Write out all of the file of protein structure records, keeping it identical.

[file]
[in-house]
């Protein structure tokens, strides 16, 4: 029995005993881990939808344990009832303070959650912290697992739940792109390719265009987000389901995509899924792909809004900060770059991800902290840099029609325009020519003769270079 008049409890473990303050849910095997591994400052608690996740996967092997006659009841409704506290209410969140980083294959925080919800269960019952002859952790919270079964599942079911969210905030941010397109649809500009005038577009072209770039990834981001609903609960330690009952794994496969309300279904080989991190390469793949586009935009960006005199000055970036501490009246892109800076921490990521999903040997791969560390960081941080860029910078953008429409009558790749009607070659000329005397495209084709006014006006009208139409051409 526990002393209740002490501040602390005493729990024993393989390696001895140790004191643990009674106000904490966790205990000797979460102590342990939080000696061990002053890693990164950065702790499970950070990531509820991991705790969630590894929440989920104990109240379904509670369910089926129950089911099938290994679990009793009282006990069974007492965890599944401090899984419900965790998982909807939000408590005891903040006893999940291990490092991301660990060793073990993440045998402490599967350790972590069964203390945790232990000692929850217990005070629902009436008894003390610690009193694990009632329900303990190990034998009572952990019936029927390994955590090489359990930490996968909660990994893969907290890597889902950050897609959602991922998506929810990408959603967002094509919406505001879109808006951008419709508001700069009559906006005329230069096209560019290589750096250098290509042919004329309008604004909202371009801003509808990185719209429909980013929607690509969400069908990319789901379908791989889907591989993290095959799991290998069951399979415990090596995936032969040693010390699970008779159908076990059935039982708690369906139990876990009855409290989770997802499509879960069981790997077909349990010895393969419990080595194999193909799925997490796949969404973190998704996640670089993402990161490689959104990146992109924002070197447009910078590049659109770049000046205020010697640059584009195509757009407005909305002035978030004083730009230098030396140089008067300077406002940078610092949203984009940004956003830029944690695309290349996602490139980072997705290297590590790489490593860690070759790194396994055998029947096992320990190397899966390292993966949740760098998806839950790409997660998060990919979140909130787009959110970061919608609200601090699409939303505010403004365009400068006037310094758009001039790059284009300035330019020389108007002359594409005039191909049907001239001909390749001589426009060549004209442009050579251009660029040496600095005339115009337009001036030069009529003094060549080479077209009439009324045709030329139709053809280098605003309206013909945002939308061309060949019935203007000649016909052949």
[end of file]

[in-house]
């Protein structure tokens, strides 16, 4: 029995005993881990939808344990009832303070959650912290697992739940792109390719265009987000389901995509899924792909809004900060770059991800902290840099029609325009020519003769270079 008049409890473990303050849910095997591994400052608690996740996967092997006659009841409704506290209410969140980083294959925080919800269960019952002859952790919270079964599942079911969210905030941010397109649809500009005038577009072209770039990834981001609903609960330690009952794994496969309300279904080989991190390469793949586009935009960006005199000055970036501490009246892109800076921490990521999903040997791969560390960081941080860029910078953008429409009558790749009607070659000329005397495209084709006014006006009208139409051409 526990002393209740002490501040602390005493729990024993393989390696001895140790004191643990009674106000904490966790205990000797979460102590342990939080000696061990002053890693990164950065702790499970950070990531509820991991705790969630590894929440989920104990109240379904509670369910089926129950089911099938290994679990009793009282006990069974007492965890599944401090899984419900965790998982909807939000408590005891903040006893999940291990490092991301660990060793073990993440045998402490599967350790972590069964203390945790232990000692929850217990005070629902009436008894003390610690009193694990009632329900303990190990034998009572952990019936029927390994955590090489359990930490996968909660990994893969907290890597889902950050897609959602991922998506929810990408959603967002094509919406505001879109808006951008419709508001700069009559906006005329230069096209560019290589750096250098290509042919004329309008604004909202371009801003509808990185719209429909980013929607690509969400069908990319789901379908791989889907591989993290095959799991290998069951399979415990090596995936032969040693010390699970008779159908076990059935039982708690369906139990876990009855409290989770997802499509879960069981790997077909349990010895393969419990080595194999193909799925997490796949969404973190998704996640670089993402990161490689959104990146992109924002070197447009910078590049659109770049000046205020010697640059584009195509757009407005909305002035978030004083730009230098030396140089008067300077406002940078610092949203984009940004956003830029944690695309290349996602490139980072997705290297590590790489490593860690070759790194396994055998029947096992320990190397899966390292993966949740760098998806839950790409997660998060990919979140909130787009959110970061919608609200601090699409939303505010403004365009400068006037310094758009001039790059284009300035330019020389108007002359594409005039191909049907001239001909390749001589426009060549004209442009050579251009660029040496600095005339115009337009001036030069009529003094060549080479077209009439009324045709030329139709053809280098605003309206013909945002939308061309060949019935203007000649016909052949």